Old Woman by Sandra Kohler ’61


Sandra Kohler’s poetry has been appearing in print for at least 35 years, in publications such as The New Republic, Prairie Schooner, The Gettysburg Review and The Colorado Review. Her most recent book, Improbable Music, was published by Word Tech Communications in 2011. A previous book, The Ceremonies of Longing (University of Pittsburgh Press, 2003) won the AWP Award Series in Poetry. In 1985 and 1990, she was the recipient of an Individual Artist Fellowship in Poetry awarded by the Pennsylvania Council on the Arts. In between writing poetry and raising her son, she taught literature and writing everywhere from elementary school to college.

i.

Waking, I hear a bird beating at the window
under the mulberry: black bird, black window,
black tree. It’s grey and thick and breathless,
but dry. I’ll walk, my husband will play tennis.
We will do what we do, enact the day our
calendar disposes. A flash of wings: a blue jay
in the mulberry. These days wings moving
through the garden’s green are usually gold –
gold finch, orioles? My husband walks down
to the garage, carrying the chair he rests in
between sets. We rub and fray a little, we rub
and caress. A dove is cooing somewhere close.
The garden waits. Is it dry enough to weed
the cutting bed? It feels as if summer is over.
It feels as if I am testing a new way of being,
some weight I’m learning to carry, restraints
I am learning to wear. The garments of old
women, the thickness around the waist,
deepening folds of the face, loosening skin.
A different grip on the real, the world, new
expectations. Do I believe a word of this?
A cardinal flies out of the mulberry, across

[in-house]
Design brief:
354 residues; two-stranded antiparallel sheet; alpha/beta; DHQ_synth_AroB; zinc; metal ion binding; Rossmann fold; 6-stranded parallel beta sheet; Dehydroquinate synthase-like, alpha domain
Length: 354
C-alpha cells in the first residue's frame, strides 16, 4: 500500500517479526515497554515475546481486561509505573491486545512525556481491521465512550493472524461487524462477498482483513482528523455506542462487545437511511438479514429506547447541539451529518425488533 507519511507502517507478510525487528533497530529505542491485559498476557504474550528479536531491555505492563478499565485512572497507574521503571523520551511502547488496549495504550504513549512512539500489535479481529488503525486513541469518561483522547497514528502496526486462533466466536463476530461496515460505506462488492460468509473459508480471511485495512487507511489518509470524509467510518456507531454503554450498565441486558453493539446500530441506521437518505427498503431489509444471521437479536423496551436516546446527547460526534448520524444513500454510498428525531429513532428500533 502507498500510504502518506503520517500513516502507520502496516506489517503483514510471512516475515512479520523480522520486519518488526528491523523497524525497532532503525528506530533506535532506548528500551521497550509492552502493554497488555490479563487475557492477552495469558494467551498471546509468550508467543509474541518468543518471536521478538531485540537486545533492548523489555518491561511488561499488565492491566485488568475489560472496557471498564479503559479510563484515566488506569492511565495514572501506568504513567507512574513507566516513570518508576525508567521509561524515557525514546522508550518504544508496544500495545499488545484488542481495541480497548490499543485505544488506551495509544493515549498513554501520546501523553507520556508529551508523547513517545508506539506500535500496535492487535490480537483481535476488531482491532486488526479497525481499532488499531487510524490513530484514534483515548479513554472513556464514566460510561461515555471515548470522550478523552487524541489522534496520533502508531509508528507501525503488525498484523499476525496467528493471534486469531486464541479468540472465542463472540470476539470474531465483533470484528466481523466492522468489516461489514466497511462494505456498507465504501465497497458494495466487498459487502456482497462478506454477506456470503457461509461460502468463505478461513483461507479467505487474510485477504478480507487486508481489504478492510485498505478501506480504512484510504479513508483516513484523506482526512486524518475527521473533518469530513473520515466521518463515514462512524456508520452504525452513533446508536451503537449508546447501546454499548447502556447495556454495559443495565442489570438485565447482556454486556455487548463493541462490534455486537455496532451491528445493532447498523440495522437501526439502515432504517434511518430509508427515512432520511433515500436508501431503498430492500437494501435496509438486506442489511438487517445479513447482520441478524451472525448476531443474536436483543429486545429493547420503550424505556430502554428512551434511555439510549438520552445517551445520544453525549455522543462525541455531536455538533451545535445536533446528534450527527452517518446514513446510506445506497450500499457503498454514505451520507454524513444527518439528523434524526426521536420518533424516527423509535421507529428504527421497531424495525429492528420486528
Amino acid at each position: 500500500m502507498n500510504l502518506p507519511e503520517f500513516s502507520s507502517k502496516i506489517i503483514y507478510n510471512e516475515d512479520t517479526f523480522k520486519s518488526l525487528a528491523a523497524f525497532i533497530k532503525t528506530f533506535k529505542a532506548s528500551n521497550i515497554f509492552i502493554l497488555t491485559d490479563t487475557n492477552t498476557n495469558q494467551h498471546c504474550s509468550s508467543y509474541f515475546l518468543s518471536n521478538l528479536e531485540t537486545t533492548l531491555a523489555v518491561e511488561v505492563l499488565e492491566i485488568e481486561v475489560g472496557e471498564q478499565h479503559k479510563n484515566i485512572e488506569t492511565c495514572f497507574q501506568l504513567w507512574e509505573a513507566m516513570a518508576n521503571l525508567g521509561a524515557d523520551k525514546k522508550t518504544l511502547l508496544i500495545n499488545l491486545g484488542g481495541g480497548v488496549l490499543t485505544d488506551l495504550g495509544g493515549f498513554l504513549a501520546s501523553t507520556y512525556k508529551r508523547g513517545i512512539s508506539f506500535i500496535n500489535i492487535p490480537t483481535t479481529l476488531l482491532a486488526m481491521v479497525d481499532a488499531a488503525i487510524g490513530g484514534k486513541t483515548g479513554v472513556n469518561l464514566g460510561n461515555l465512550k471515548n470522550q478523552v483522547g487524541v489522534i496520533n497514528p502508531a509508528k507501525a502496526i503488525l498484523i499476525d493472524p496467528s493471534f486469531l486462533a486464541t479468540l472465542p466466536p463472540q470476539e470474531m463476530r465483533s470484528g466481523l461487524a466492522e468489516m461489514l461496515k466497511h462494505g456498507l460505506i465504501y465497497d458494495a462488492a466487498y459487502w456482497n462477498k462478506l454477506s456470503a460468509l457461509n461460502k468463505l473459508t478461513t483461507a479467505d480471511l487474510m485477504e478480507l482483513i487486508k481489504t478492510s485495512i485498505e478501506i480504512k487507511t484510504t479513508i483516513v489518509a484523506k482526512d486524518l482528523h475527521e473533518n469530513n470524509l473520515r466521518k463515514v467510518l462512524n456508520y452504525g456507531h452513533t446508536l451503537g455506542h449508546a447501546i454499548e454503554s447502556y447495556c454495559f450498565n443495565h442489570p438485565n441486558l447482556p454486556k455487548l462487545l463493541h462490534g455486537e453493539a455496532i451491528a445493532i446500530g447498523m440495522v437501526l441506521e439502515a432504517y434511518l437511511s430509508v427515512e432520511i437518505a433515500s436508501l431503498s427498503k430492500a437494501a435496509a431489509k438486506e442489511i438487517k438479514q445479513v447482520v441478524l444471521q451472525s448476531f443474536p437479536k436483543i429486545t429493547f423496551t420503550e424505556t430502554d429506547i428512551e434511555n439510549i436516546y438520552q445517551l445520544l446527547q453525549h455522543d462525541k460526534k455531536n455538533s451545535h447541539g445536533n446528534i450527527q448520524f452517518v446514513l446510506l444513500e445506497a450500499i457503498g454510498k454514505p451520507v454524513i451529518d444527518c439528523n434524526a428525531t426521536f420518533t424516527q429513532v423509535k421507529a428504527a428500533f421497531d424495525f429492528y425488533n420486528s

the roof next door. I imagine and don’t
see his red reflection in the roof pond.

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Poetry: The Stimson Room

Adeline Carrie Koscher ’97 writes poetry and fiction mostly in her sleep and while running or kayaking. Sadly, whole novels have been lost this way. Some of the surviving texts are “Shadows,” a short story included in Altered States Sci-Fi and Fantasy Stories About Change, edited by Amy Locklin, published by Main Street Rag; “Reverie at the Big Y,” a short story published in ninepatch: A Creative Journal for Women and Gender Studies; and poems, “The Ludlow Mills” and “Flotsam,” published in Review Americana. She earned a B.A. in English from MHC, M.Ed. in education from UMASS, and Ph.D. in English with a focus on the New Woman novelist from the University of St. Andrews in Scotland. She visits the Stimson Room at least once a year.

The Stimson Room, Mount Holyoke College

no choice but to grant her space,
crown her with sky,
~ Rita Dove

Give me the Stimson Room, October afternoon –
iron-rimmed window pushed open,
day’s breath between pages,
marigold sunlight around brick corners –
enter the recesses of the room:

here, I fall in love
with H.D. and Mina Loy, Vincent Millay, Rita Dove,
with words and sound and language;
fall in love with the torn photograph
of women, of these pages, of this room;

escape calculus, politics, reason;
slip from consciousness – meet her,
crown her with sky, for she is one of the many,
and she is each of us, seeking not
bowed-head, demur smile, vacant eye –

I wake, I read, I nod, I am born.

 

Three Poems by Heidi St. Jean

Heidi (Holliday) St. Jean  ’88 received a master of fine arts degree in creative writing with a concentration in poetry from Fairfield University in July 2012. Her ekphrastic poem, “Goddess,” first appeared in Inklight, a publication of Afterimage: The Journal of Media Arts and Cultural Criticism. Her poetry has also been published or is forthcoming in Theodate, the online poetry journal of the Hill-Stead Museum, and in Long River Run, the journal of the Connecticut Poetry Society. She previously served as poetry editor for Mason’s Road, and as managing editor for Drunken Boat. She has been working professionally as a writer and editor since 1991.

Goddess
(inspired by the Geoff McGann photograph “Goddess I” on Inklight, publication of Afterimage)

Artemis –
born of a million points
of liquid light,
you move your molecules
into meaning, into form.

Guiding guardian,
draped in maiden’s
moonbeams, your
hands are crescent
horns, your swirling
body a note of music, lifted
from brother Apollo’s lyre.

Lilt your way
through mortal
darkness – come, hunt
our woods for your truth.

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